Brigantine’s red foxes part of our island
BRIGANTINE – Most of the island’s summer visitors who come to the island to enjoy our beautiful beach are barely aware of the close proximity to the William Forsythe Wildlife Refuge at the north end of the island. Long-time residents know that we share this island with a wide array of wild life that managed to make it to the island – raccoons, rabbits, and the semi-reclusive red fox.
One of our more photogenic neighbors is the barrier island red fox, a genus that Brigantine has many of. Most people don’t expect to find wildlife on the island other than gulls and the occasional greenhead. But if you are walking the beach at dusk or early in the morning before sunrise, you might see a quick furtive animal go running across the beach or over the dunes. Welcome to the red fox.
Even though some summer visitors may worry about their own pets, foxes are virtually harmless to humans. They usually weigh between 8 and 15 pounds and wander alone. They generally will leave pets alone and have been viewed playing with cats in the streets. While rabid foxes have been found in Atlantic County, Brigantine has no record of a rabid fox incident on the island.
If a fox is healthy, the state does not allow animal control officers to simply trap them and move them. However, foxes have been a concern for those people who monitor endangered birds such as piping plovers. “They can eat the eggs, the chicks even the adults,” said Todd Pover, beach nesting bird project manager for the Division of Fish and Wildlife.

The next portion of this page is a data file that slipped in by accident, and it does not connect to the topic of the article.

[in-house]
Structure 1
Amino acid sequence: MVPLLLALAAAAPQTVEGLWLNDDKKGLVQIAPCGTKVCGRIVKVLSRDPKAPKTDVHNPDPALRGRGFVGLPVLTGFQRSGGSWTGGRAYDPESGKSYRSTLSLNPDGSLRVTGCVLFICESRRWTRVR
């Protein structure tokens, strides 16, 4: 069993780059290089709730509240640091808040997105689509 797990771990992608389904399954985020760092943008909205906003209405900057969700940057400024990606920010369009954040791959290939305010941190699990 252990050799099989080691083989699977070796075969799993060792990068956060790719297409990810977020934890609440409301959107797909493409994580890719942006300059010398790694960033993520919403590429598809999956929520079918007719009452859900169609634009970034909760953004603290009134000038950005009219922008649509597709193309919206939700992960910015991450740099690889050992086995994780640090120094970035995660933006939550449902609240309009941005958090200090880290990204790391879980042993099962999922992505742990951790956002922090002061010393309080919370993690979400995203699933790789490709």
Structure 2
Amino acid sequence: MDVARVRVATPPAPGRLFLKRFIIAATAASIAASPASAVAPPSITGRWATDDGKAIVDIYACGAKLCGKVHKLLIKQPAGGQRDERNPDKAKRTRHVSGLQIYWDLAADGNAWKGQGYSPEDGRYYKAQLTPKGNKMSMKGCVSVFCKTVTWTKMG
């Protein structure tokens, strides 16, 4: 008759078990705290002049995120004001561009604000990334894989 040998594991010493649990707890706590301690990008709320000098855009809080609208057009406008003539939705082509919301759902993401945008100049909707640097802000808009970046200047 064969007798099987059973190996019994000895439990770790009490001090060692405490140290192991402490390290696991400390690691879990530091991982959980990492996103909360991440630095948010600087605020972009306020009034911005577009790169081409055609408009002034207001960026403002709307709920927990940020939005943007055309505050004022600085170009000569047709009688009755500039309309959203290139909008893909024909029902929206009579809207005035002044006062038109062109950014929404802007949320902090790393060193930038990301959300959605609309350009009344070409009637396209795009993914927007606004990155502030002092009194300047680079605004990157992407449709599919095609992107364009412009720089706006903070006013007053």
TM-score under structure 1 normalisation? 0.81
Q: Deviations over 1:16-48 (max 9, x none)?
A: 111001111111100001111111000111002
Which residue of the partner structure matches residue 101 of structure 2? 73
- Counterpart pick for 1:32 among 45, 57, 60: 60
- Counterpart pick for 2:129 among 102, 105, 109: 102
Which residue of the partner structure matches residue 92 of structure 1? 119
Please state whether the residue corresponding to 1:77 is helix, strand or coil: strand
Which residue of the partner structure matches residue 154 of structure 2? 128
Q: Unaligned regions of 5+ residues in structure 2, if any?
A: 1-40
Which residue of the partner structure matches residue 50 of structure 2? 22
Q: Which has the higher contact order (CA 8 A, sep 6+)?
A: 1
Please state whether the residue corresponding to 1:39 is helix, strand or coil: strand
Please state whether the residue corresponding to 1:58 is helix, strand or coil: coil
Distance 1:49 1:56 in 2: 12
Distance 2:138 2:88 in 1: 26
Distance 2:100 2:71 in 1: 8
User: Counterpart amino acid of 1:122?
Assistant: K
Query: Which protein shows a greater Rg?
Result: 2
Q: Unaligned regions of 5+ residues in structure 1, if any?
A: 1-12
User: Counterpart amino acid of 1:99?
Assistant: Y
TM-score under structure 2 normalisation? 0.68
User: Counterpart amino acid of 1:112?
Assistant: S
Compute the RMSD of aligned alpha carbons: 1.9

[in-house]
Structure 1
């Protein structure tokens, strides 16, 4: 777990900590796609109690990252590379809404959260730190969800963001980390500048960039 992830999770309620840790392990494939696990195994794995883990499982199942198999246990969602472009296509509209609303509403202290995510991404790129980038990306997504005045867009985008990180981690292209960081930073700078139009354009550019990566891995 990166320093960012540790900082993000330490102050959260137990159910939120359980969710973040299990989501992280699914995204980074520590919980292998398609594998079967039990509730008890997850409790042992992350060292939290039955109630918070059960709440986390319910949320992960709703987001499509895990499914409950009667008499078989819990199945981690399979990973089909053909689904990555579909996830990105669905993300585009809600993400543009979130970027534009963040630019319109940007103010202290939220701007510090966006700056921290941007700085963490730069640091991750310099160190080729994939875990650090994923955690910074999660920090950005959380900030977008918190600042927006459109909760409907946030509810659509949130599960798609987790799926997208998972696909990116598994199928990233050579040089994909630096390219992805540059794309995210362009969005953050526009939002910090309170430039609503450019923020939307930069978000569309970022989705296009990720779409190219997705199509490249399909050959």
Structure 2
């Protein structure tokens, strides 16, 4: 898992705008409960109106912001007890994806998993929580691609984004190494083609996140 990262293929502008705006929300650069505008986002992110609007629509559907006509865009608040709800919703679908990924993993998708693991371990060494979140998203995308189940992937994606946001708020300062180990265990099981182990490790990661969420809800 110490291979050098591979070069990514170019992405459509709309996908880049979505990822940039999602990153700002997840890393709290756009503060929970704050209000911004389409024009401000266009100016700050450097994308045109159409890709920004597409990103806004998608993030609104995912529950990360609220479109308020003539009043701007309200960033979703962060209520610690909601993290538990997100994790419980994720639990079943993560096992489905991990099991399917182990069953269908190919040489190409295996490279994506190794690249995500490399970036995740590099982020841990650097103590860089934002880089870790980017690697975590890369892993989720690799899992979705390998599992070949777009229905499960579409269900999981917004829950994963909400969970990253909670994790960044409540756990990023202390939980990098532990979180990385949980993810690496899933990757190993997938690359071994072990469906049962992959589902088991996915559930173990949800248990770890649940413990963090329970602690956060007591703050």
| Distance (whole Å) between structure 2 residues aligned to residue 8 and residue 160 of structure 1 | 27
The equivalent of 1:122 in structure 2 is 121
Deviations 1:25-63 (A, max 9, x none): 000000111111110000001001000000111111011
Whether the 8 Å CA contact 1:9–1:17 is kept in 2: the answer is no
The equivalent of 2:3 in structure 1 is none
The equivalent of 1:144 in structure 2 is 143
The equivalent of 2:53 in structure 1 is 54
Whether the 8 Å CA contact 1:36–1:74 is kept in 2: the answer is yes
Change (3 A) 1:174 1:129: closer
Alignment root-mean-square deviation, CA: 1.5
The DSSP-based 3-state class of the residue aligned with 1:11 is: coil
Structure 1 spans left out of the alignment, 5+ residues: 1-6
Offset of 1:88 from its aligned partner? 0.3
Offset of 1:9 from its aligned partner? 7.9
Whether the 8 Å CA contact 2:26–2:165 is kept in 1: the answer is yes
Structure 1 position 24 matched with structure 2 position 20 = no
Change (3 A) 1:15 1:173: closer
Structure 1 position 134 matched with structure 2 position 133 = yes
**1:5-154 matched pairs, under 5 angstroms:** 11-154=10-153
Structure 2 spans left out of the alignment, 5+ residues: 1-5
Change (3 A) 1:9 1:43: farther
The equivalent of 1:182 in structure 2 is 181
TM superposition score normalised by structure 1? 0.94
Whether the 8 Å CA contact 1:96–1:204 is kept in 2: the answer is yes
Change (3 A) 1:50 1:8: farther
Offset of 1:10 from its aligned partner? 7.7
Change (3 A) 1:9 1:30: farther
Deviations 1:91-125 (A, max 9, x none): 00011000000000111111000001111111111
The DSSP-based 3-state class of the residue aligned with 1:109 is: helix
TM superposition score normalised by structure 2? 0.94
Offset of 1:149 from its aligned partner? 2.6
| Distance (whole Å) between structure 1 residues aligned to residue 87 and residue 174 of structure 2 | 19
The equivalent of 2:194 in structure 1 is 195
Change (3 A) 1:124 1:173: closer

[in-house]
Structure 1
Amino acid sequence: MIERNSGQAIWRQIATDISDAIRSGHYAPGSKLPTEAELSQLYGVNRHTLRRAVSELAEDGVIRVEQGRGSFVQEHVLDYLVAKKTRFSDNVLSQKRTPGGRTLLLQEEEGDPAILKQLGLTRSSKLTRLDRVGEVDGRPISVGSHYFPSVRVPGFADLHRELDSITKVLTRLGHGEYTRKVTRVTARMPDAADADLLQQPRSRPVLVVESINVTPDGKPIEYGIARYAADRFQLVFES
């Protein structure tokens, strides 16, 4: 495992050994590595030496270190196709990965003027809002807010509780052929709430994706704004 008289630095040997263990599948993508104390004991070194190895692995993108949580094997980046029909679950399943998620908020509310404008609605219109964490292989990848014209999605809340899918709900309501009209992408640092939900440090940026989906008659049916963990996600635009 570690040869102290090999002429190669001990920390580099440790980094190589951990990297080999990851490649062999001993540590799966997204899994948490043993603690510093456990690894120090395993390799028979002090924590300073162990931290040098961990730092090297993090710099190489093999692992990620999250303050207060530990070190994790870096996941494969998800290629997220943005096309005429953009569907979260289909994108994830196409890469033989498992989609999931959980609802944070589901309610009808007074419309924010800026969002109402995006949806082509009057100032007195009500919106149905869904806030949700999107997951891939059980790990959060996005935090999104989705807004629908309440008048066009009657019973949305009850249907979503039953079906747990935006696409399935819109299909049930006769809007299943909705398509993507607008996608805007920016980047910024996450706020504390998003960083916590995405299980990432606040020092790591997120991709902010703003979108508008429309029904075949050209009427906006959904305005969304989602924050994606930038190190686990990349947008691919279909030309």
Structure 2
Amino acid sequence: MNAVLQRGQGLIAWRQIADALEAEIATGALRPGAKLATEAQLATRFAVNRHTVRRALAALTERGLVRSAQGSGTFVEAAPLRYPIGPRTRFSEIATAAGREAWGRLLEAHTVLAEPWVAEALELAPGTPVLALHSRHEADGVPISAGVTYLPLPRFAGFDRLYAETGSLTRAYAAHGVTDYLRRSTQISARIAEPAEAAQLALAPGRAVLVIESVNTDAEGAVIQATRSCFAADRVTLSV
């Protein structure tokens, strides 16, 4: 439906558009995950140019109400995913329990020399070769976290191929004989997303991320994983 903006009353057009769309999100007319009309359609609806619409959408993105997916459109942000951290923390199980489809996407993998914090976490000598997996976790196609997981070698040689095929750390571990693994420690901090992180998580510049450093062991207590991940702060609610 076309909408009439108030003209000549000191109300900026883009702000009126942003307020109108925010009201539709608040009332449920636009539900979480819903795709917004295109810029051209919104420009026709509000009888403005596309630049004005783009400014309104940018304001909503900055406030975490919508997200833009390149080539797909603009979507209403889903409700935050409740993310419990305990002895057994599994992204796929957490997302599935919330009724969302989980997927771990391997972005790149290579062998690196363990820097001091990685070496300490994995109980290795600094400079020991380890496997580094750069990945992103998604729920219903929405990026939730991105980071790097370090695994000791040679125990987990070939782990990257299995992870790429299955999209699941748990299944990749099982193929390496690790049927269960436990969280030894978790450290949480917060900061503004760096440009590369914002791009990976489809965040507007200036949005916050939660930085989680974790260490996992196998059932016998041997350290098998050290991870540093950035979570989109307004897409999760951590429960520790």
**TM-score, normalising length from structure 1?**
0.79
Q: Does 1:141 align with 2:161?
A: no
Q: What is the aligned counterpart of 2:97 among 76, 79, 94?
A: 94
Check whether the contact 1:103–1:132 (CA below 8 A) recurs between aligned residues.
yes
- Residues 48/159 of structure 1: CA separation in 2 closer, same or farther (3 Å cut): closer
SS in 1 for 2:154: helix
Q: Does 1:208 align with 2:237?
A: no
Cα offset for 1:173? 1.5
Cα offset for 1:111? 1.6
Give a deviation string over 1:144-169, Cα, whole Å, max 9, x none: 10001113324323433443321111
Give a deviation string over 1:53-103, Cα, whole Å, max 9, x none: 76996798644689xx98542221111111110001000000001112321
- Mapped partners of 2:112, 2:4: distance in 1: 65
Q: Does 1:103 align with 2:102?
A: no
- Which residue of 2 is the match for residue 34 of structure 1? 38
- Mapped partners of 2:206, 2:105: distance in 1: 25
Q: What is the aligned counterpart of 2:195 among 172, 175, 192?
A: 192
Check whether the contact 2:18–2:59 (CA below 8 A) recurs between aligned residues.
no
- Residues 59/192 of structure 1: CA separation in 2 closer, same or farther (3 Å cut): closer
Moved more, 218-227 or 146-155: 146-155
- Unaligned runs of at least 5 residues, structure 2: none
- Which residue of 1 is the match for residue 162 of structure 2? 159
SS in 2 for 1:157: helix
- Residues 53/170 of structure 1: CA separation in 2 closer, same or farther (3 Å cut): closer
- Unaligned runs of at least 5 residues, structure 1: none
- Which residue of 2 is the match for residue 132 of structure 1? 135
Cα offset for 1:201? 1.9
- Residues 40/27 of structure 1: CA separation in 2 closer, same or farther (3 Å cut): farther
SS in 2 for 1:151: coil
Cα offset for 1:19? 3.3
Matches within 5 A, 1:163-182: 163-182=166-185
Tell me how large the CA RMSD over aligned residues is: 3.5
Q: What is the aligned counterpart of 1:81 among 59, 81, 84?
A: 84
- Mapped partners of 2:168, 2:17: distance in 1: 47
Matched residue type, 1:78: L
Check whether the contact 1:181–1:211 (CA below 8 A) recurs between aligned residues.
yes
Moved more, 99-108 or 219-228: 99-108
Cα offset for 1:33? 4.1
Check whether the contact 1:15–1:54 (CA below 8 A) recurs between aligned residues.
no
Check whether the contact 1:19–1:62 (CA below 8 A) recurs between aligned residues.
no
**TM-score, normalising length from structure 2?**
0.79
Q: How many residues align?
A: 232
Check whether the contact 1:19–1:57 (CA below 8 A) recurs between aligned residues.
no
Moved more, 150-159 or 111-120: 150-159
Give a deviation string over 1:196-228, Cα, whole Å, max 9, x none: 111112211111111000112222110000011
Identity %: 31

The red fox actually contributes to our well-being by controlling the rodent population on the island. At one point, ten years ago, the state trapped most of the island’s foxes in order to protect the piping plover. The result was an immediate increase in rats and mice on the island.
Ernie Purdy, in addition to his responsibilities as the Superintendent of Public Works, is also the island’s animal control warden. “We have had foxes on the island for 30 to 40 years. At last count we had 17 red foxes on the island. They are entirely different from the foxes in the woods as they have become domesticated. They are used to people and are curious and are looking for handouts.”
There has never been a documented case of an attack or rabies incident with foxes on the island according to Purdy. Our bigger problem is with raccoons. “With raccoons as well as foxes and feral cats, you need to take some preventive actions to keep them out of your yard. Clean your grills – they love the grease. Don’t feed them. Use garbage containers with secured lids. If you have garbage from a cook out and it might ferment over a number of days before the ACUA picks up, take it to our city yard which is open seven days a week.”
Secured garbage containers and black garbage bags are recommended for any resident or visitors to use. “Heavier is better as the gulls will tear right thru the lightweight bags,” says Purdy.
A number of local photographers have used the red fox as the subject of photo essays. Visits to some of the island’s craft fairs may give residents and visitors to take home an image of one of our more reclusive residents.